Self-driving VWs hit the streets of Hamburg


Prototype self-driving cars from the Volkswagen Group have started testing in an urban environment for the first time.

Five prototypes, each based on the current Volkswagen e-Golf electric hatch, hit the streets of downtown Hamburg, Germany, on Wednesday, operating at Level 4 self-driving capability. And as the technology is still being developed, a safety driver remained behind the wheel at all times.

A Level 4 self-driving car is able to operate on its own within set conditions, though a driver is still required to handle things outside of the conditions. Level 5 is the ultimate goal. At this level, a self-driving car is able to operate to the same extent as a human driver.

Volkswagen self-driving car prototype testing in Hamburg, Germany – April 3, 2019

VW Group’s prototypes feature 11 laser scanners, 7 radars and 14 cameras and gather approximately 5 gigabytes worth of data for every minute of driving, which is then processed by artificial intelligence software. Inside, a display shows stationary or moving objects depending on the situation and settings, as well as lane boundaries and predicted movements of other traffic participants.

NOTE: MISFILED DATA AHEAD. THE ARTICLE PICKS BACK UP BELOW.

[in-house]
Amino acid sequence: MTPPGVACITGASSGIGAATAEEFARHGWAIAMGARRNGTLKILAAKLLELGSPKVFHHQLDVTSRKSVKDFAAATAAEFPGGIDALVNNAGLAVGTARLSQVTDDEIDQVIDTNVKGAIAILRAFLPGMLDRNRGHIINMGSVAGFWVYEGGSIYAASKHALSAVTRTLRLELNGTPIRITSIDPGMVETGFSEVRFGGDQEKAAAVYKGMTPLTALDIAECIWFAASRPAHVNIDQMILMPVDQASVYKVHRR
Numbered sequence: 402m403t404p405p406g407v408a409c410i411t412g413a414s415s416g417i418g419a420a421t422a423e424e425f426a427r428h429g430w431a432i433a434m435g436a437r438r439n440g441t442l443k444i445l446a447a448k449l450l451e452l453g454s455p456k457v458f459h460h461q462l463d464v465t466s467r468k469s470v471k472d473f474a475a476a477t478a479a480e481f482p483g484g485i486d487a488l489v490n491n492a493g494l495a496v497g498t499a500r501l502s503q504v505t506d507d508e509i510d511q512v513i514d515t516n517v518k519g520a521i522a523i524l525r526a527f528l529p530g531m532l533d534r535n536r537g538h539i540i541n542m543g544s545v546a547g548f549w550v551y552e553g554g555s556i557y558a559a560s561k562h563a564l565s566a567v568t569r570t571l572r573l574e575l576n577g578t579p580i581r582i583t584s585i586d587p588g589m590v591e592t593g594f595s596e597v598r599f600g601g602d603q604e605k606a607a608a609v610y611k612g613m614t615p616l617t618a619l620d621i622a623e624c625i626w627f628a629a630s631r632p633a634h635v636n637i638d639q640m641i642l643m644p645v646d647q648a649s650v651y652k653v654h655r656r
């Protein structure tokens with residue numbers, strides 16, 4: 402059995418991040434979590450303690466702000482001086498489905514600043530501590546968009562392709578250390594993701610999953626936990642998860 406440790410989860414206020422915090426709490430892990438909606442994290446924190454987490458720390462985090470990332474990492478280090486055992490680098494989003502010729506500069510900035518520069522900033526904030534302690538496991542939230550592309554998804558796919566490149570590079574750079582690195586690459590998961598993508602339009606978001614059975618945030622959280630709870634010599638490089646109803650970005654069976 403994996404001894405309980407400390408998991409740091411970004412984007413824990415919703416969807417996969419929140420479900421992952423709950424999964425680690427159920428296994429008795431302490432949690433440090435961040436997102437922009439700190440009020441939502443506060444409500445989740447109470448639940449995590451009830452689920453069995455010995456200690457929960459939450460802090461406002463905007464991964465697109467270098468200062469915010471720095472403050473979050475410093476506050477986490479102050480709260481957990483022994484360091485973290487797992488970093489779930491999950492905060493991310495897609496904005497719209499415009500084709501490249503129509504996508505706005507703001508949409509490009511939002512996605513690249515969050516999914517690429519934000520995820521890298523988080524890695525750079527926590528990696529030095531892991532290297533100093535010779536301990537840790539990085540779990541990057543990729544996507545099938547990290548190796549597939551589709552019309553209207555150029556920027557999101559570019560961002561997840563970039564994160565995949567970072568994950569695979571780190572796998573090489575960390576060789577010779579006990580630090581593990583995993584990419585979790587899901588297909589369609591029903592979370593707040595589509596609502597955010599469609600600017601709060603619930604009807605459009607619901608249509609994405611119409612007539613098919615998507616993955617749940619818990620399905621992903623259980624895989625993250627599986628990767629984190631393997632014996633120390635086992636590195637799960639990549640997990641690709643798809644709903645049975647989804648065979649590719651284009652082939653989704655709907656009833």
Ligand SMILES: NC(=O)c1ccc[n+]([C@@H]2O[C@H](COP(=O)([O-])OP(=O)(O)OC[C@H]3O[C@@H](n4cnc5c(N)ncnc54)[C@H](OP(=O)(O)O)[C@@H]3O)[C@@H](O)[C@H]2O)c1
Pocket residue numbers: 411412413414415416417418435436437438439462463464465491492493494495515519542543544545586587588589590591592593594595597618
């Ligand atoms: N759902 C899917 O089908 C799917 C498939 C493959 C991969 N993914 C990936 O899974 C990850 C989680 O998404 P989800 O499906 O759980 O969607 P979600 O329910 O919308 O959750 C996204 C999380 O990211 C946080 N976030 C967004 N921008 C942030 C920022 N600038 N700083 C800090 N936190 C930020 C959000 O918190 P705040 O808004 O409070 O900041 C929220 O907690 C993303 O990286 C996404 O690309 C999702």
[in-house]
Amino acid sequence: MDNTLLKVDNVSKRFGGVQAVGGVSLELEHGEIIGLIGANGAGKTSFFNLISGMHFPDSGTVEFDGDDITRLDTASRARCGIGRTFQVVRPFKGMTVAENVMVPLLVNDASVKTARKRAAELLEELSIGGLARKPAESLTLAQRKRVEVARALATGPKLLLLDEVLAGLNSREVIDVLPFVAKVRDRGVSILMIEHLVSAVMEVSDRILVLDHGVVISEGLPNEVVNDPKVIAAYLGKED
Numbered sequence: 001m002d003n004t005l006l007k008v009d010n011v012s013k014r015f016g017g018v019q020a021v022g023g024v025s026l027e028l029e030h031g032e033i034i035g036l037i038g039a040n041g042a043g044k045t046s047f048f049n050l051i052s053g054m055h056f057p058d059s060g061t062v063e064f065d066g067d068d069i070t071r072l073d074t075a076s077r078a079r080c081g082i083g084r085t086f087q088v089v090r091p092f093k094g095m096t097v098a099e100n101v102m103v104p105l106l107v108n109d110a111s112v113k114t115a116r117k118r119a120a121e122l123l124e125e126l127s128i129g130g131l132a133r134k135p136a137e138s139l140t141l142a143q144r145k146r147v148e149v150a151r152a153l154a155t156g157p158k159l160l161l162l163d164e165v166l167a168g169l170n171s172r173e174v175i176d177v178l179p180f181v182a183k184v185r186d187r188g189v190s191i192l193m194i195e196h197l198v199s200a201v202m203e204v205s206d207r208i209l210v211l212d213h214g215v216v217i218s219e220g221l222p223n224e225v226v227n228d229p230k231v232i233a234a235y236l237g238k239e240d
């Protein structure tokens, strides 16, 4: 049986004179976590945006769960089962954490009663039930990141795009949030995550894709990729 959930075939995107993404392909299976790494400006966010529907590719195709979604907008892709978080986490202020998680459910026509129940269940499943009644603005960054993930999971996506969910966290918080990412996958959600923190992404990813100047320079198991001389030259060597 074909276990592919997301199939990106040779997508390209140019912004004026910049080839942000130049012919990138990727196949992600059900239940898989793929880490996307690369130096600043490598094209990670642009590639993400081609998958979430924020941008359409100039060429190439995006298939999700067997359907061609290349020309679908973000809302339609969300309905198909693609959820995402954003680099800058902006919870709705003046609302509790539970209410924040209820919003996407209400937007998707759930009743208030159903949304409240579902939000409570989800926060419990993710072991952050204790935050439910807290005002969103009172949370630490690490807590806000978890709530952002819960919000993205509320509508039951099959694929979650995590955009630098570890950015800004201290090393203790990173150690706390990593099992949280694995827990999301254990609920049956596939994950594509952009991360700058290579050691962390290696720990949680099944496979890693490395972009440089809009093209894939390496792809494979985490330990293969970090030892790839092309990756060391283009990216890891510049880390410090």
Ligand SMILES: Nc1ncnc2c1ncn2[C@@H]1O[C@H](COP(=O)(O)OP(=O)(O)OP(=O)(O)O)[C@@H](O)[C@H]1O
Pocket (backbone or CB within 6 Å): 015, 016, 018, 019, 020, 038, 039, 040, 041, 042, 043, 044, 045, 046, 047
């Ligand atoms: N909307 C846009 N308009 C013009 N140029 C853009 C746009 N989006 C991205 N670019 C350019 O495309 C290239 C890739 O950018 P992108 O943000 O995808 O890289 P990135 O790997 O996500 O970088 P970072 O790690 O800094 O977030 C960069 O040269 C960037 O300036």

The system is designed to predict all possible outcomes 10 seconds into the future in order to be best prepared. And it re-evaluates the situation multiple times every second.

The testers currently cover only a small 1.86-mile route. This is to explore the technical possibilities as well as determine any infrastructure requirements to ensure maximum safety, Axel Heinrich, head of research at VW Group, explained.

Volkswagen self-driving car prototype testing in Hamburg, Germany - April 3, 2019

Volkswagen self-driving car prototype testing in Hamburg, Germany – April 3, 2019

“In order to make driving even safer and more comfortable in future, vehicles not only have to become autonomous and more intelligent—cities must also provide a digital ecosystem that enables vehicles to communicate with traffic lights and traffic management systems as well as with one another,” he said.

A larger 5.6-mile route is planned for 2020, with Hamburg city officials helping to install the required infrastructure, such as traffic lights that can communicate with vehicles. The goal is to establish Hamburg as a “model city” for self-driving cars by 2021.

VW Group is developing its own self-driving technology across is brands, with Audi leading the development. The German auto giant is also working with partners such as America’s Aurora Innovation and Israel’s Mobileye, which is owned by Intel. There’s also the possibility of a partnership between VW Group and Ford. VW Group has previously said that its first trial services will be up and running by 2021.



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